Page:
Rice, Maxwell (1981) The political socialization of St. John's school children in grades four to eight. Masters thesis, Memorial University of Newfoundland.
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The main purpose of this study was to investigate the political socialization of St. John's school children in grades four to eight. The study was concerned with how variables such as grade level, socioeconomic status, sex, and school type (religion) affected students knowledge of politics, evaluation of government, partisanship and perceived importance of election outcomes, and participation attitudes and behavior. -- An extensive review of related literature was undertaken in order to gain a greater insight into the nature of child political socialization. Very little research has been done on child political socialization in Newfoundland. Most of the studies to date have been conducted in the United States. There are, however, a number of important Canadian studies on child political socialization. The American and Canadian studies that have been conducted proved to be a useful source of information, both theoretical and methodological, on child political socialization in St. John’s, Newfoundland. -- A questionnaire that included only multiple choice items was administered by the investigator to 600 students from five schools in different geographical regions of St. John’s. Three schools were selected from the St. John’s Roman Catholic School System and two from the Avalon Consolidated School System. -- Because of the nature of the study (a survey questionnaire), descriptive statistics were used to analyze the findings. A series of percentage tables were constructed giving student responses to various items on the questionnaire. -- The findings were analyzed under four main headings: findings related to student knowledge of political leaders and institutions, findings related to student evaluation of the job done by political leaders and institutions, findings related to partisanship and perceived importance of election outcomes, and finally, findings related to participation attitudes and behavior. -- When analyzing the findings concerning students’ knowledge of politics, evaluation of the job done by political leaders and institutions, partisanship and perceived importance of election outcomes, and participation attitudes and behavior, it was noted that many differences were not consistently large for all independent variables. For instance, students knowledge of politics was not consistently related to grade level, socioeconomic status, sex differences, and religion (type of school). Students at all grade levels tended to be equally aware of the mayor, however, students in the higher grades (seven and eight) tended to be more aware of the premier and prime minister.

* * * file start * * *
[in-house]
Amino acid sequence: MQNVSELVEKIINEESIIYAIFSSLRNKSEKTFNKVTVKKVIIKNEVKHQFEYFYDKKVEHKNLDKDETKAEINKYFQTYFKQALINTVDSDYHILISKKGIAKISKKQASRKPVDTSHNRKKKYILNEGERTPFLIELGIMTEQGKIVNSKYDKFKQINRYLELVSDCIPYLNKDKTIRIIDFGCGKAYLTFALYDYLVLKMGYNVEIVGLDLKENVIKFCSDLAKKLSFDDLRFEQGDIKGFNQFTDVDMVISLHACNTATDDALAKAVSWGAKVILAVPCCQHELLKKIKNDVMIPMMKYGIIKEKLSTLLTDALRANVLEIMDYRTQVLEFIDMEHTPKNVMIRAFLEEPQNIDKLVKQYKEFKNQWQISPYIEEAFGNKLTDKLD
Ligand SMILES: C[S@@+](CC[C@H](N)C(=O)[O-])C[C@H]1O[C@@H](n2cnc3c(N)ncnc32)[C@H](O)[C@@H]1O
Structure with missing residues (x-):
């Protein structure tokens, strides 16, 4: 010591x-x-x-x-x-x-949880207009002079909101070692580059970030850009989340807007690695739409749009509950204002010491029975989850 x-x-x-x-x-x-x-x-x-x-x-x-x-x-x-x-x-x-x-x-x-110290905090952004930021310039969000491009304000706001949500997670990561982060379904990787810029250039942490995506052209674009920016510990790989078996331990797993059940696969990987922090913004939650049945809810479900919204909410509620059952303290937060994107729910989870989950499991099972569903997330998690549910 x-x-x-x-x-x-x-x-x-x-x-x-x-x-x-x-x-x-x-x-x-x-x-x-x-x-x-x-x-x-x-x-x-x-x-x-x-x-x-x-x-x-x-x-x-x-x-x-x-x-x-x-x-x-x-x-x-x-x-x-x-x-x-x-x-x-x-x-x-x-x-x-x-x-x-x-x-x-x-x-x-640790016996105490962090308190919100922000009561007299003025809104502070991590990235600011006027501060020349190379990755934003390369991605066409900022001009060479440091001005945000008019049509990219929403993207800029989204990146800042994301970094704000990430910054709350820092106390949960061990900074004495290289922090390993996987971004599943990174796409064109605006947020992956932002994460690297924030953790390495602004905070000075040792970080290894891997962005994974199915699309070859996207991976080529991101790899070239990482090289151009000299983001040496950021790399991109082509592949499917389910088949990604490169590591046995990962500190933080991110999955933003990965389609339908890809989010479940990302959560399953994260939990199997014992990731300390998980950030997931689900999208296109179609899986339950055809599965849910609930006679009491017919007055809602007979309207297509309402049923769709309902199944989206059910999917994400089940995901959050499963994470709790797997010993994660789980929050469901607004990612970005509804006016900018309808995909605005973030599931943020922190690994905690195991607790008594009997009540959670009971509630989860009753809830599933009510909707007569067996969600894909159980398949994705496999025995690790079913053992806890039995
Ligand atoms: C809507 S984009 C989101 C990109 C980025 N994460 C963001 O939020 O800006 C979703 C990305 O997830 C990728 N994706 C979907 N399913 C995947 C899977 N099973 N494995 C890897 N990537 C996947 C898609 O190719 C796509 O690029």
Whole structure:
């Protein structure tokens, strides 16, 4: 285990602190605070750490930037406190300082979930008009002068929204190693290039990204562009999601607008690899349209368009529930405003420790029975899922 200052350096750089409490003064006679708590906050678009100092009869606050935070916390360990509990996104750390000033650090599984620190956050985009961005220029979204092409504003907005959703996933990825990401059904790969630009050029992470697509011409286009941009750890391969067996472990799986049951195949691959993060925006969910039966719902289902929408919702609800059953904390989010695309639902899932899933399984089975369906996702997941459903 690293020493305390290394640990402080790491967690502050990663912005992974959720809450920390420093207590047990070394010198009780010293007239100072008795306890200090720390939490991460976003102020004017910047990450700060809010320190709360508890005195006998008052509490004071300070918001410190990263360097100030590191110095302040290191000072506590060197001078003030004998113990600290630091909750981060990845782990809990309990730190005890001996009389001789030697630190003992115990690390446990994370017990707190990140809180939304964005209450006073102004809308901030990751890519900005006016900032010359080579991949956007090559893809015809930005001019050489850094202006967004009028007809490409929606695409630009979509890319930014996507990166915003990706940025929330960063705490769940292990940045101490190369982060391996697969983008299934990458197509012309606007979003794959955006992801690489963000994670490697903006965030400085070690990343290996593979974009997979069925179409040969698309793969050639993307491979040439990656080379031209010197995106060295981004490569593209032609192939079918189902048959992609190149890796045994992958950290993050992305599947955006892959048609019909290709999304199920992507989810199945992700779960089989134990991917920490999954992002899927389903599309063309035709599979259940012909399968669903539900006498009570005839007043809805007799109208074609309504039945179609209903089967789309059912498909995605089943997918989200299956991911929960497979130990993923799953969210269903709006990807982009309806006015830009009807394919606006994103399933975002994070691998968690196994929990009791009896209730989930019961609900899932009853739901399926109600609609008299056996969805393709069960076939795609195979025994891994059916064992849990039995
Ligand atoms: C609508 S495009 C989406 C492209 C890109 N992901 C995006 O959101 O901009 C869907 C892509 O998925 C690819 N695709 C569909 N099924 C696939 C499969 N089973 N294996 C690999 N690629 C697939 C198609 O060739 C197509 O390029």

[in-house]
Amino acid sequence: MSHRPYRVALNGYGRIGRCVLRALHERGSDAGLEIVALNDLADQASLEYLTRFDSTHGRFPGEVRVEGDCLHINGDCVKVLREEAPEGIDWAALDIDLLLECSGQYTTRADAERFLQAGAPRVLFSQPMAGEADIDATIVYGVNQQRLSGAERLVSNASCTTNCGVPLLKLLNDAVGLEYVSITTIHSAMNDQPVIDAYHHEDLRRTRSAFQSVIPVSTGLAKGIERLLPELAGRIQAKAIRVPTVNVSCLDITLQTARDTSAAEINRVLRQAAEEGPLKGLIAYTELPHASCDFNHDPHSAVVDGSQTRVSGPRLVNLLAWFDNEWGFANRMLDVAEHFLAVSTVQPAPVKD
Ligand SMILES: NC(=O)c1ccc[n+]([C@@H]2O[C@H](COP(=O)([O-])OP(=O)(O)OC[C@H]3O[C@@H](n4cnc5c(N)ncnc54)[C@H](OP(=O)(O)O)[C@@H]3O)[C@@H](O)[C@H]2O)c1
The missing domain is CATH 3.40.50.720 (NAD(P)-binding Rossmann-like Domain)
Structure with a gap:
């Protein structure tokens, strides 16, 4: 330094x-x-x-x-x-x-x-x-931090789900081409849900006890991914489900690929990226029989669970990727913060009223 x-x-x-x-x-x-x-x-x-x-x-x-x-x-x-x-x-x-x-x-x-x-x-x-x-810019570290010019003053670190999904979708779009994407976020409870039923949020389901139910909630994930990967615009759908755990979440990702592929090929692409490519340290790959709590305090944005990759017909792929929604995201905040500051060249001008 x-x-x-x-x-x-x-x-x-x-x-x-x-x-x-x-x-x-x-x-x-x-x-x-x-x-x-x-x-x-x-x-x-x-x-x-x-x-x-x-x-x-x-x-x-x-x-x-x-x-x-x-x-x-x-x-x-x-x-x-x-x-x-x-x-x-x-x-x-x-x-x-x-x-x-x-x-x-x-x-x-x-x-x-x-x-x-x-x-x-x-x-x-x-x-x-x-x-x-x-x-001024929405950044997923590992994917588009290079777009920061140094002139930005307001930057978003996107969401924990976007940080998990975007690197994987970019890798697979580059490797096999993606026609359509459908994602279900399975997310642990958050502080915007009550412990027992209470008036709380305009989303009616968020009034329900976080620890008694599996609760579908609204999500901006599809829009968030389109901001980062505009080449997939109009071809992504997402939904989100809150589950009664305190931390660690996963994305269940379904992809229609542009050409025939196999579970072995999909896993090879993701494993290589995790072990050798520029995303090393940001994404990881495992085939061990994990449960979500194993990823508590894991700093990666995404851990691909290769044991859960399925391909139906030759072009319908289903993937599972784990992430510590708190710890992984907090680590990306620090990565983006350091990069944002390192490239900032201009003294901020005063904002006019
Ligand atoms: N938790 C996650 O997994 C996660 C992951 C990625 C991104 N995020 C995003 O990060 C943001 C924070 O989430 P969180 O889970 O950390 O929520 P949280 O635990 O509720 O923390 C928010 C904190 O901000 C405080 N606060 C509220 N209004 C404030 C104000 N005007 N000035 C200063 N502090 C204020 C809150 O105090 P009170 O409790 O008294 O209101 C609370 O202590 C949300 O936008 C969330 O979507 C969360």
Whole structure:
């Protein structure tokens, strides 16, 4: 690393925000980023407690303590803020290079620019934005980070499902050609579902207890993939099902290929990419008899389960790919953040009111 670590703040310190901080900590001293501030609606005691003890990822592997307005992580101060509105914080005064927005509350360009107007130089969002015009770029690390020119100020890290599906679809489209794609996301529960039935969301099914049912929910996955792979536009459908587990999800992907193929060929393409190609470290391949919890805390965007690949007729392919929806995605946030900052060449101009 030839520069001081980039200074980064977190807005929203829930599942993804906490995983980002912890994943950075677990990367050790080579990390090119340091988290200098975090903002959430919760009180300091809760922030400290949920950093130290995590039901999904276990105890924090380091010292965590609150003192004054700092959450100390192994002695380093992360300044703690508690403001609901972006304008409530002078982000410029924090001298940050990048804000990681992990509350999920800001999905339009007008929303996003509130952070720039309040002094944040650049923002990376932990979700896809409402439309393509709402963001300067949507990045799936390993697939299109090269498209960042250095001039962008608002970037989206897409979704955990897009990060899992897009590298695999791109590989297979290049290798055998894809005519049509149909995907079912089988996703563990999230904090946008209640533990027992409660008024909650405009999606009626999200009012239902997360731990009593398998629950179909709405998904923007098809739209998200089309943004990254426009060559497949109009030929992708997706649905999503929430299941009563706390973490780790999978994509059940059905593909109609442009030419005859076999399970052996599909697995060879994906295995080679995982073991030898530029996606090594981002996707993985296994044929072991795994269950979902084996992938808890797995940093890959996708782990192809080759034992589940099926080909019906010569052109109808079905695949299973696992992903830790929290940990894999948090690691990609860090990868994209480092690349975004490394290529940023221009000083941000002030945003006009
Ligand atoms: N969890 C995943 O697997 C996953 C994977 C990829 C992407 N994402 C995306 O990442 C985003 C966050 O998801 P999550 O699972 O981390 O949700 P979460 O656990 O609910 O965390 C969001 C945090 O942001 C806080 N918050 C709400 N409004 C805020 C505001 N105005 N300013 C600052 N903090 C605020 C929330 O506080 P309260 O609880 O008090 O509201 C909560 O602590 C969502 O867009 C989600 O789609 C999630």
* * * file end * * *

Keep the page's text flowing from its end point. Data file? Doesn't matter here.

|Item Type:||Thesis (Masters)|
|Additional Information:||Bibliography: leaves 102-104.|
|Department(s):||Education, Faculty of|
|Geographic Location:||Canada--Newfoundland and Labrador--Avalon Peninsula--St. John's|
|Library of Congress Subject Heading:||Political socialization; School children--Newfoundland and Labrador--St. John's--Attitudes|
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